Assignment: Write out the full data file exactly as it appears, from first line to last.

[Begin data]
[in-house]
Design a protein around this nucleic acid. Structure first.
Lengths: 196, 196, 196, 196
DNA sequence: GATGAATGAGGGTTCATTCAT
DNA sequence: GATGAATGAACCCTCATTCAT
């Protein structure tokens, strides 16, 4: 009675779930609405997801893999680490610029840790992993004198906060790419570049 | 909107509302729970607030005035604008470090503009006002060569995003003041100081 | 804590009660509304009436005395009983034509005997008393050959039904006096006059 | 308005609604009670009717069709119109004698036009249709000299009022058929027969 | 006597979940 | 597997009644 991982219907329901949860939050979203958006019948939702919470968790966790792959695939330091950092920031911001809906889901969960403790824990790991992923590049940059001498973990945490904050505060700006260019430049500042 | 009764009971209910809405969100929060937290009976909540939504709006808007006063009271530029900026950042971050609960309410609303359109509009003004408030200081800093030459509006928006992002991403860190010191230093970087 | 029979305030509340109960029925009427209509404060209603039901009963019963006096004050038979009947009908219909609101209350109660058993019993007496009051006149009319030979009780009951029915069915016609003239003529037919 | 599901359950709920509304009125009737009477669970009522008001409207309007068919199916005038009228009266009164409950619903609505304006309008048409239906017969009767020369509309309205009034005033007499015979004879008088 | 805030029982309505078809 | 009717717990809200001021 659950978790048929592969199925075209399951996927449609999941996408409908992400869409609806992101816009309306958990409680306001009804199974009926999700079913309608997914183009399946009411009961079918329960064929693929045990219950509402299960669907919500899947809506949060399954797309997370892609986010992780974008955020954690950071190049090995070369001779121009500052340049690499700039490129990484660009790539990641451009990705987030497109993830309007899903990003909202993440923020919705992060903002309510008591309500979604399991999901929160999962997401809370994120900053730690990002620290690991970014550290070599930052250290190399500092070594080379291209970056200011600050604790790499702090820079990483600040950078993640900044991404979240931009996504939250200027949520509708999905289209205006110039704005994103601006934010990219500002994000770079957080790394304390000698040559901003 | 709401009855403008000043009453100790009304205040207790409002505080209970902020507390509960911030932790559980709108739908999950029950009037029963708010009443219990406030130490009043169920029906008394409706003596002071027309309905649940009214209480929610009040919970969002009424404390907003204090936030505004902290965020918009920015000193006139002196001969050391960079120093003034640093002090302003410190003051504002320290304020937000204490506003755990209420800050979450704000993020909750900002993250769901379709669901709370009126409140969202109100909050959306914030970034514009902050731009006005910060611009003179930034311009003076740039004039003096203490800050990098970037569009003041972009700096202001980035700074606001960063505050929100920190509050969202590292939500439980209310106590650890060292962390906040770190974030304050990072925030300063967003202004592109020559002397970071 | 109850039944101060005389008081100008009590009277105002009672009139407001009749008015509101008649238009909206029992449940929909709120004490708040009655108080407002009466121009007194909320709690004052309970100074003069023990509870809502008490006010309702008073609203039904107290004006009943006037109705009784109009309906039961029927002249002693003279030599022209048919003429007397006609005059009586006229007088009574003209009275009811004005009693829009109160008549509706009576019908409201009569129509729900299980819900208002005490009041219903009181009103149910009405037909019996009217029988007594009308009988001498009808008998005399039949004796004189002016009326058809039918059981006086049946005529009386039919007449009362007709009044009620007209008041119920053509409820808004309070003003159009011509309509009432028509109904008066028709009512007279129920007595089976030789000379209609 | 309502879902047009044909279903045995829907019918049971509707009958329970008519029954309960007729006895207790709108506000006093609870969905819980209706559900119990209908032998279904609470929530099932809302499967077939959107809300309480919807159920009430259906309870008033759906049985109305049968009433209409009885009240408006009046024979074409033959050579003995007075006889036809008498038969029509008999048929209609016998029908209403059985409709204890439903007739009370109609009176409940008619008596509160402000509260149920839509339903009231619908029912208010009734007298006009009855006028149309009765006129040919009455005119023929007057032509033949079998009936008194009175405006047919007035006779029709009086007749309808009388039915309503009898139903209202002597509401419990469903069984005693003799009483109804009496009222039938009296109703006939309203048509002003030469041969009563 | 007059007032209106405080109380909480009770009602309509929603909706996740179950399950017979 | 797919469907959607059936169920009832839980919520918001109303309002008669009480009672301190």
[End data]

[in-house]
Design a protein around this nucleic acid. Structure first.
Lengths: 196, 196, 196, 196
DNA sequence: GATGAATGAGGGTTCATTCAT
DNA sequence: GATGAATGAACCCTCATTCAT
């Protein structure tokens, strides 16, 4: 009675779930609405997801893999680490610029840790992993004198906060790419570049 | 909107509302729970607030005035604008470090503009006002060569995003003041100081 | 804590009660509304009436005395009983034509005997008393050959039904006096006059 | 308005609604009670009717069709119109004698036009249709000299009022058929027969 | 006597979940 | 597997009644 991982219907329901949860939050979203958006019948939702919470968790966790792959695939330091950092920031911001809906889901969960403790824990790991992923590049940059001498973990945490904050505060700006260019430049500042 | 009764009971209910809405969100929060937290009976909540939504709006808007006063009271530029900026950042971050609960309410609303359109509009003004408030200081800093030459509006928006992002991403860190010191230093970087 | 029979305030509340109960029925009427209509404060209603039901009963019963006096004050038979009947009908219909609101209350109660058993019993007496009051006149009319030979009780009951029915069915016609003239003529037919 | 599901359950709920509304009125009737009477669970009522008001409207309007068919199916005038009228009266009164409950619903609505304006309008048409239906017969009767020369509309309205009034005033007499015979004879008088 | 805030029982309505078809 | 009717717990809200001021 659950978790048929592969199925075209399951996927449609999941996408409908992400869409609806992101816009309306958990409680306001009804199974009926999700079913309608997914183009399946009411009961079918329960064929693929045990219950509402299960669907919500899947809506949060399954797309997370892609986010992780974008955020954690950071190049090995070369001779121009500052340049690499700039490129990484660009790539990641451009990705987030497109993830309007899903990003909202993440923020919705992060903002309510008591309500979604399991999901929160999962997401809370994120900053730690990002620290690991970014550290070599930052250290190399500092070594080379291209970056200011600050604790790499702090820079990483600040950078993640900044991404979240931009996504939250200027949520509708999905289209205006110039704005994103601006934010990219500002994000770079957080790394304390000698040559901003 | 709401009855403008000043009453100790009304205040207790409002505080209970902020507390509960911030932790559980709108739908999950029950009037029963708010009443219990406030130490009043169920029906008394409706003596002071027309309905649940009214209480929610009040919970969002009424404390907003204090936030505004902290965020918009920015000193006139002196001969050391960079120093003034640093002090302003410190003051504002320290304020937000204490506003755990209420800050979450704000993020909750900002993250769901379709669901709370009126409140969202109100909050959306914030970034514009902050731009006005910060611009003179930034311009003076740039004039003096203490800050990098970037569009003041972009700096202001980035700074606001960063505050929100920190509050969202590292939500439980209310106590650890060292962390906040770190974030304050990072925030300063967003202004592109020559002397970071 | 109850039944101060005389008081100008009590009277105002009672009139407001009749008015509101008649238009909206029992449940929909709120004490708040009655108080407002009466121009007194909320709690004052309970100074003069023990509870809502008490006010309702008073609203039904107290004006009943006037109705009784109009309906039961029927002249002693003279030599022209048919003429007397006609005059009586006229007088009574003209009275009811004005009693829009109160008549509706009576019908409201009569129509729900299980819900208002005490009041219903009181009103149910009405037909019996009217029988007594009308009988001498009808008998005399039949004796004189002016009326058809039918059981006086049946005529009386039919007449009362007709009044009620007209008041119920053509409820808004309070003003159009011509309509009432028509109904008066028709009512007279129920007595089976030789000379209609 | 309502879902047009044909279903045995829907019918049971509707009958329970008519029954309960007729006895207790709108506000006093609870969905819980209706559900119990209908032998279904609470929530099932809302499967077939959107809300309480919807159920009430259906309870008033759906049985109305049968009433209409009885009240408006009046024979074409033959050579003995007075006889036809008498038969029509008999048929209609016998029908209403059985409709204890439903007739009370109609009176409940008619008596509160402000509260149920839509339903009231619908029912208010009734007298006009009855006028149309009765006129040919009455005119023929007057032509033949079998009936008194009175405006047919007035006779029709009086007749309808009388039915309503009898139903209202002597509401419990469903069984005693003799009483109804009496009222039938009296109703006939309203048509002003030469041969009563 | 007059007032209106405080109380909480009770009602309509929603909706996740179950399950017979 | 797919469907959607059936169920009832839980919520918001109303309002008669009480009672301190």